Trump’s budget has been deeply responsible and mostly libertarian in my opinion, making great cuts on some sectors and superficial services which could be paid for privately our through PPP (Public-Private Partnerships). It’s true that Mr. Trump has increased public expenditure in Defence (mainly security and army) by 10%, but it is a realistic and necessary expenditure to fight against ISIS terror and anti-West policies being developed by Putin and its former allies. In agriculture, he has cut subsidies by 20%, as in transport and energy production, where he has decreased public expenditure by 21% and 13% respectively. These subsidies which have been eliminated where just stimulating unproductive and non-innovative sectors, where capital should be dispensed by private hands and not with the use of taxation. Talking about commerce, he has also reduced expenditure by 15.7% in extra agencies and commissioners, and mainly subsidies to do ridicule investigations about mines and natural landscapes.  In Justice and Treasury, he has cut down bureaucratic expenditure by 4% in both, firing unnecessary personnel and adding extra resources for both departments. The greatest cuts have been produced in healthcare, when he expects to reduce 15.000 million dollars by eliminating Obamacare, and also reducing public servants in State agencies as NIH, being reduced only unnecessary and bureaucracy expenditure. In Education, he has also reduced expenditure by 13.5%, but Trump has increased on the other hand the number of offered scholarships for vulnerable people, while other educational programs could be perfectly financed by the private sector, adding more competition and consequently efficiency to the educational market. My favourite has been the 10,900 million dollars taken out of “climate development programs”, which were mostly destined to climate change studies and ecologist’s organizations.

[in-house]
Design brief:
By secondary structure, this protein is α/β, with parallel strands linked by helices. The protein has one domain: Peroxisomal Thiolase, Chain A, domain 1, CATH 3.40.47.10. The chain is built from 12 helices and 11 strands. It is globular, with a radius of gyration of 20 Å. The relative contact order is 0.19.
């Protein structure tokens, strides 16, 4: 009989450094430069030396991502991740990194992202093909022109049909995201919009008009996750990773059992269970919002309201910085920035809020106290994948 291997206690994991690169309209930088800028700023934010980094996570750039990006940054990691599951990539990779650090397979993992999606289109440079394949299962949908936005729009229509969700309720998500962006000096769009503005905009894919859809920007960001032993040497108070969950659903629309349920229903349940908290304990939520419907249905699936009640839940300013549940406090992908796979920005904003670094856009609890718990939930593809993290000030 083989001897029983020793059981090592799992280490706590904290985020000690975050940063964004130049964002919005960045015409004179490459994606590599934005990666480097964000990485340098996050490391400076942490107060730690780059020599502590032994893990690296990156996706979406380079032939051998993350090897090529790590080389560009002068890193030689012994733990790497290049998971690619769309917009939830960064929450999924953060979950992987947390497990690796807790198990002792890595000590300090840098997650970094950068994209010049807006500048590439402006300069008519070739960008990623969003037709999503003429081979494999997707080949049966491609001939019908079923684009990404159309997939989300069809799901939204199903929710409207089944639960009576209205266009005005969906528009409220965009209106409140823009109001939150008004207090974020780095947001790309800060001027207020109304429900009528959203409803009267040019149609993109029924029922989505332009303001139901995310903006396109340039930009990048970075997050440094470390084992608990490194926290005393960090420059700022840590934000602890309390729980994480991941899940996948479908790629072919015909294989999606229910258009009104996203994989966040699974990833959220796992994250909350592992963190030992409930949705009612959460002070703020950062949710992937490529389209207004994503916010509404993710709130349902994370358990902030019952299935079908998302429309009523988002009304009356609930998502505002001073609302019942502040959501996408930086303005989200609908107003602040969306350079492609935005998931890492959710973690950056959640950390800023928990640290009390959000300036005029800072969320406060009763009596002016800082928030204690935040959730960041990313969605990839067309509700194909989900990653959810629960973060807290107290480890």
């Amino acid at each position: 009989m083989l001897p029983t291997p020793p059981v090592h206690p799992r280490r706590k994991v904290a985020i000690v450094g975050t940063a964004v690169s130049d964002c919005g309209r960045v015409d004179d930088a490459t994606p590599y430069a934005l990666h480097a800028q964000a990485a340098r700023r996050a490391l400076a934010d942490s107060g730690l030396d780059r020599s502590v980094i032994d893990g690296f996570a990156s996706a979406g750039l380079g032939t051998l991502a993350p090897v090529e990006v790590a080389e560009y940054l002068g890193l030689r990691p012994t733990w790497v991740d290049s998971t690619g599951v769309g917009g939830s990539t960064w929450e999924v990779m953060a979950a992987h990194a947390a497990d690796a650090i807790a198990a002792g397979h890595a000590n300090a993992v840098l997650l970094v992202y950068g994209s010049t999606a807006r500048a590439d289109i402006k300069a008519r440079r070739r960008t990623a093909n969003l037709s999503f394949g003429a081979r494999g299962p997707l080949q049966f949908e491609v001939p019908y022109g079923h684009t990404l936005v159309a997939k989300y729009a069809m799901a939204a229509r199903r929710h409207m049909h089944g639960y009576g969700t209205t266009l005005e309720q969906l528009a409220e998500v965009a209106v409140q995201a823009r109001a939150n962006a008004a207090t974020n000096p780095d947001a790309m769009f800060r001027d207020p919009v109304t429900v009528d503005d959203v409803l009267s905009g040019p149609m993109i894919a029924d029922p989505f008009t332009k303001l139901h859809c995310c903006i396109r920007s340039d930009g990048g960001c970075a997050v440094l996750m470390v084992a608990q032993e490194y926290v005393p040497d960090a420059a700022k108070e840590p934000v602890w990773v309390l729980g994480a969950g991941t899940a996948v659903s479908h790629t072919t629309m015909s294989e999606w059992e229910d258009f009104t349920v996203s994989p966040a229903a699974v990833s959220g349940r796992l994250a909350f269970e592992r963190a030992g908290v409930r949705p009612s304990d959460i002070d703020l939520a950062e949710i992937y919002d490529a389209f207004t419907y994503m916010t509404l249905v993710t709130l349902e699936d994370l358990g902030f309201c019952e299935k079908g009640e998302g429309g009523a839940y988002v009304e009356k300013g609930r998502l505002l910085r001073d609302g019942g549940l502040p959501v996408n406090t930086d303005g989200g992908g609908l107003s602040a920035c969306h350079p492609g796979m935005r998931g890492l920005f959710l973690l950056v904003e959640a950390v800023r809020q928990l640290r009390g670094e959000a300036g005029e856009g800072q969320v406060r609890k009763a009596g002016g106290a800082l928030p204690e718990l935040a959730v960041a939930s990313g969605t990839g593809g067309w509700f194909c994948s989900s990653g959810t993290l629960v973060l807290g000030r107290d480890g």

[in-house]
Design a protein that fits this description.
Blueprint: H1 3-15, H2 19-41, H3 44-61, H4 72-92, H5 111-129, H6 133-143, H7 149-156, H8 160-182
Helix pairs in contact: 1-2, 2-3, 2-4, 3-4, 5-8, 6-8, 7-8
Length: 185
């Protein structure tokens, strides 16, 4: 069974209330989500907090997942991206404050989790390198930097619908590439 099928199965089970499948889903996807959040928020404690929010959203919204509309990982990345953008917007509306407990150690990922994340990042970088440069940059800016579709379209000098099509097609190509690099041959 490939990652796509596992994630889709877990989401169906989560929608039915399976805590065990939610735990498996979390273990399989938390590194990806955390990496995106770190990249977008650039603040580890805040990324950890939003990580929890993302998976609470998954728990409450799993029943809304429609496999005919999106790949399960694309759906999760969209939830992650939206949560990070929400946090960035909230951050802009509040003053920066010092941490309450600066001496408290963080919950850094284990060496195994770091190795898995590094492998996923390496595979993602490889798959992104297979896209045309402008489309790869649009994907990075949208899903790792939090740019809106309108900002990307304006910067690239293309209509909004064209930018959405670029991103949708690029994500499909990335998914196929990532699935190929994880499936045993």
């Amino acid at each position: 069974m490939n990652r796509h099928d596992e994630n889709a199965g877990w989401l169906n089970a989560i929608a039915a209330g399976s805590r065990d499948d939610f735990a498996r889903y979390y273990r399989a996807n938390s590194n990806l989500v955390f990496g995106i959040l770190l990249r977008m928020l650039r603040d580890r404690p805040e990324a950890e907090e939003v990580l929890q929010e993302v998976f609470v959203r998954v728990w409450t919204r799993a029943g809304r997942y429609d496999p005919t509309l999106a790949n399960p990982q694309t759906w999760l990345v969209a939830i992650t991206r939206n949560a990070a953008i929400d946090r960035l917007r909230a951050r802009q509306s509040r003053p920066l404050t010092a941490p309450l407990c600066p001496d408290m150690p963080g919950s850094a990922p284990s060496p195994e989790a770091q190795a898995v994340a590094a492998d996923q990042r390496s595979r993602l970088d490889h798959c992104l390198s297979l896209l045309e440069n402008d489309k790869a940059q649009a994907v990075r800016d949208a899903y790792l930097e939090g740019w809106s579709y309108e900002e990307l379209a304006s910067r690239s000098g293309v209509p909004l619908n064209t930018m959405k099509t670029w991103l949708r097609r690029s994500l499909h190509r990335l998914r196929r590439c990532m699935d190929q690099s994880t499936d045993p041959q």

The corporate tax cut, which has been the most significant these days, will serve also to liberate small business from their fiscal oppression and allow them to invest that exceeding capital in re-investment into the business to generate further expansions and increasing competition into the market, in search of greater efficiency. Even though some detractors think that the Income Tax cuts will only benefit the rich, reality is that they will mostly affect middle class Americans, which before were paying 10%,15% OR 25% depending on their rent will now be paying only 10%, and those most privileged earning wages of over 600,000 dollars, who before payed 39.6% will now be taken off just 35% of their income… so who has been most benefited? Other of the reasons for Trump’s tax plan being auto financed is that this policy will provide Americans with larger amounts of capital which will be spend on consumption goods and services, rising aggregate demand levels and consequently generating faster economic growth.